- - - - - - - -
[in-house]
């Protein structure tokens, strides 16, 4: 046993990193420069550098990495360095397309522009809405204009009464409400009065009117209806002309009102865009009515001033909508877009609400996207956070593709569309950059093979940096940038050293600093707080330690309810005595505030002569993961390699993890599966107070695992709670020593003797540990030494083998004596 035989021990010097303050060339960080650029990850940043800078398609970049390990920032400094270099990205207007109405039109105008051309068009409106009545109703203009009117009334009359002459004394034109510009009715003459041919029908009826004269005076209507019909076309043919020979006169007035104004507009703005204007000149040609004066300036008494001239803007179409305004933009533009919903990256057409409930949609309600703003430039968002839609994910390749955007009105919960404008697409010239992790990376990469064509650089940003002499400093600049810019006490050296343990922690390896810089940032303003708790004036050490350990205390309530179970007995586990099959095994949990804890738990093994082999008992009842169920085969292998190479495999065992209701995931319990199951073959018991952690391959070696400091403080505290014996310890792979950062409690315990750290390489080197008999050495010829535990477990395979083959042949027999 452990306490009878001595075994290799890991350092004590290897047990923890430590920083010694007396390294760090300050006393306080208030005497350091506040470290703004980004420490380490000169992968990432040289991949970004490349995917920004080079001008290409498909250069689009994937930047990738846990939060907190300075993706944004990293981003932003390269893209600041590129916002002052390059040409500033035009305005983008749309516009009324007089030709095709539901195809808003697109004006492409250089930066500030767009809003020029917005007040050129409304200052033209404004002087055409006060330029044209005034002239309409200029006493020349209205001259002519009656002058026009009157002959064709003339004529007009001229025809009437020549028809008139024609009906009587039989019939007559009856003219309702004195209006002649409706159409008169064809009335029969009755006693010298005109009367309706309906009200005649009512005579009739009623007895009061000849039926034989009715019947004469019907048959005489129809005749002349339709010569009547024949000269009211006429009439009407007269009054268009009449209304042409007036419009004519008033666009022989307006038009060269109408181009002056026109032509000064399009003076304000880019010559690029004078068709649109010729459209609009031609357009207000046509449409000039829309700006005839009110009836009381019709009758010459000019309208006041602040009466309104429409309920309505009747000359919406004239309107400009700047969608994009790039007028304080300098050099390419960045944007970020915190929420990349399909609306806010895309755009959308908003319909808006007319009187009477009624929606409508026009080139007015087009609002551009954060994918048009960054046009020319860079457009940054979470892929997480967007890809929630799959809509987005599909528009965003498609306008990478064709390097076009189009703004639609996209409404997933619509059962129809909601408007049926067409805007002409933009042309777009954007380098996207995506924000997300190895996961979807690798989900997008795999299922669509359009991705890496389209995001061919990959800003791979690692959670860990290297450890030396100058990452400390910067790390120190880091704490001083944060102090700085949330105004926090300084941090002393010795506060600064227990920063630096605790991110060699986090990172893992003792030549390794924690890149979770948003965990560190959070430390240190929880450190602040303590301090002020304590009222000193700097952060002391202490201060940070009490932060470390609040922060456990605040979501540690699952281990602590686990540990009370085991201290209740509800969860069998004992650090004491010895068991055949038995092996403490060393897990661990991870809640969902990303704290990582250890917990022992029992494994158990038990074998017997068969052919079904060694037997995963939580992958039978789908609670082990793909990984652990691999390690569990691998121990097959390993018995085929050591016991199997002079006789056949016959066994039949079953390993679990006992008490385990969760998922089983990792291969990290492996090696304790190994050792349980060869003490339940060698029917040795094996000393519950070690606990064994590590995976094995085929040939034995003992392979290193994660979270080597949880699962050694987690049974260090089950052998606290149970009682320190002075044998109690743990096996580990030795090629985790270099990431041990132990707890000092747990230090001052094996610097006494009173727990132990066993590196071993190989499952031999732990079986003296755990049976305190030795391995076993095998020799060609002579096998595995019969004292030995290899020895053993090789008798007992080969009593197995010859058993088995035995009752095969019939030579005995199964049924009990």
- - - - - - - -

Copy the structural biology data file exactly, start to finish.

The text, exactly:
[in-house]
């Protein structure tokens, strides 16, 4: 046993990193420069550098990495360095397309522009809405204009009464409400009065009117209806002309009102865009009515001033909508877009609400996207956070593709569309950059093979940096940038050293600093707080330690309810005595505030002569993961390699993890599966107070695992709670020593003797540990030494083998004596 035989021990010097303050060339960080650029990850940043800078398609970049390990920032400094270099990205207007109405039109105008051309068009409106009545109703203009009117009334009359002459004394034109510009009715003459041919029908009826004269005076209507019909076309043919020979006169007035104004507009703005204007000149040609004066300036008494001239803007179409305004933009533009919903990256057409409930949609309600703003430039968002839609994910390749955007009105919960404008697409010239992790990376990469064509650089940003002499400093600049810019006490050296343990922690390896810089940032303003708790004036050490350990205390309530179970007995586990099959095994949990804890738990093994082999008992009842169920085969292998190479495999065992209701995931319990199951073959018991952690391959070696400091403080505290014996310890792979950062409690315990750290390489080197008999050495010829535990477990395979083959042949027999 452990306490009878001595075994290799890991350092004590290897047990923890430590920083010694007396390294760090300050006393306080208030005497350091506040470290703004980004420490380490000169992968990432040289991949970004490349995917920004080079001008290409498909250069689009994937930047990738846990939060907190300075993706944004990293981003932003390269893209600041590129916002002052390059040409500033035009305005983008749309516009009324007089030709095709539901195809808003697109004006492409250089930066500030767009809003020029917005007040050129409304200052033209404004002087055409006060330029044209005034002239309409200029006493020349209205001259002519009656002058026009009157002959064709003339004529007009001229025809009437020549028809008139024609009906009587039989019939007559009856003219309702004195209006002649409706159409008169064809009335029969009755006693010298005109009367309706309906009200005649009512005579009739009623007895009061000849039926034989009715019947004469019907048959005489129809005749002349339709010569009547024949000269009211006429009439009407007269009054268009009449209304042409007036419009004519008033666009022989307006038009060269109408181009002056026109032509000064399009003076304000880019010559690029004078068709649109010729459209609009031609357009207000046509449409000039829309700006005839009110009836009381019709009758010459000019309208006041602040009466309104429409309920309505009747000359919406004239309107400009700047969608994009790039007028304080300098050099390419960045944007970020915190929420990349399909609306806010895309755009959308908003319909808006007319009187009477009624929606409508026009080139007015087009609002551009954060994918048009960054046009020319860079457009940054979470892929997480967007890809929630799959809509987005599909528009965003498609306008990478064709390097076009189009703004639609996209409404997933619509059962129809909601408007049926067409805007002409933009042309777009954007380098996207995506924000997300190895996961979807690798989900997008795999299922669509359009991705890496389209995001061919990959800003791979690692959670860990290297450890030396100058990452400390910067790390120190880091704490001083944060102090700085949330105004926090300084941090002393010795506060600064227990920063630096605790991110060699986090990172893992003792030549390794924690890149979770948003965990560190959070430390240190929880450190602040303590301090002020304590009222000193700097952060002391202490201060940070009490932060470390609040922060456990605040979501540690699952281990602590686990540990009370085991201290209740509800969860069998004992650090004491010895068991055949038995092996403490060393897990661990991870809640969902990303704290990582250890917990022992029992494994158990038990074998017997068969052919079904060694037997995963939580992958039978789908609670082990793909990984652990691999390690569990691998121990097959390993018995085929050591016991199997002079006789056949016959066994039949079953390993679990006992008490385990969760998922089983990792291969990290492996090696304790190994050792349980060869003490339940060698029917040795094996000393519950070690606990064994590590995976094995085929040939034995003992392979290193994660979270080597949880699962050694987690049974260090089950052998606290149970009682320190002075044998109690743990096996580990030795090629985790270099990431041990132990707890000092747990230090001052094996610097006494009173727990132990066993590196071993190989499952031999732990079986003296755990049976305190030795391995076993095998020799060609002579096998595995019969004292030995290899020895053993090789008798007992080969009593197995010859058993088995035995009752095969019939030579005995199964049924009990």